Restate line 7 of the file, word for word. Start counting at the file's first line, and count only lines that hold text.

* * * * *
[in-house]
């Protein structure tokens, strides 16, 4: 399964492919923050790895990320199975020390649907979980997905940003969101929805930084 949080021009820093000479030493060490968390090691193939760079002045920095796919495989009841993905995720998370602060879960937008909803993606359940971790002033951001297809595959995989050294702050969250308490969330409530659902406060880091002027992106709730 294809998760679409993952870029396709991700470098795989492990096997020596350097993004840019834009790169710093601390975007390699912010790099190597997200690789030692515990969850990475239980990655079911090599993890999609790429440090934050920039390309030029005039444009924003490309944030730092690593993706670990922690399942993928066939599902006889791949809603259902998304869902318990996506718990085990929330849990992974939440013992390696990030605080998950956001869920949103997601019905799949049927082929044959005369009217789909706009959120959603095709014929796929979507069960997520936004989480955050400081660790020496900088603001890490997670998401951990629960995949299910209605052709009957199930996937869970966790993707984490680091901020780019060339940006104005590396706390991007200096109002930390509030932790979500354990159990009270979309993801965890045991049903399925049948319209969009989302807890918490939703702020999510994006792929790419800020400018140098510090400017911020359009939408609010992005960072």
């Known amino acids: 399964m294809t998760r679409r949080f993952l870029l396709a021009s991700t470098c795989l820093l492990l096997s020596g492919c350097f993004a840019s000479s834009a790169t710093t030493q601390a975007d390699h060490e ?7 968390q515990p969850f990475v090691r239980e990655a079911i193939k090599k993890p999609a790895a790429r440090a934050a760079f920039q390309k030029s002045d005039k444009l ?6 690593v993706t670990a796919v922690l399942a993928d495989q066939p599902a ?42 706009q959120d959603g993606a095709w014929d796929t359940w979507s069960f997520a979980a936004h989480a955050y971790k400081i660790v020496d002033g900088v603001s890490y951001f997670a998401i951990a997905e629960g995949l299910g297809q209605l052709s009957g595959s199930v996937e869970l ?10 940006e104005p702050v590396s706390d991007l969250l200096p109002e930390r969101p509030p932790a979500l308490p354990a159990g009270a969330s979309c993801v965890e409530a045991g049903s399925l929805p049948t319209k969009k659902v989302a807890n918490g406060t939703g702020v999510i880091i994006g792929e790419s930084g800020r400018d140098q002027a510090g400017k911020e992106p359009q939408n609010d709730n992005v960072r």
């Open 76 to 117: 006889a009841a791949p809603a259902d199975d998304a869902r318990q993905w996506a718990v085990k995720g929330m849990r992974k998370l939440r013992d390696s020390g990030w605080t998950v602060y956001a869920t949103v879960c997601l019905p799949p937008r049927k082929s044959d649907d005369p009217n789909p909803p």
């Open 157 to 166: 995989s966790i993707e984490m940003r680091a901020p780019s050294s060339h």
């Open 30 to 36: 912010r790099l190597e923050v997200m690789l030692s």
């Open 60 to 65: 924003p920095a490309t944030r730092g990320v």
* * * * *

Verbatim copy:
């Open 60 to 65: 924003p920095a490309t944030r730092g990320v």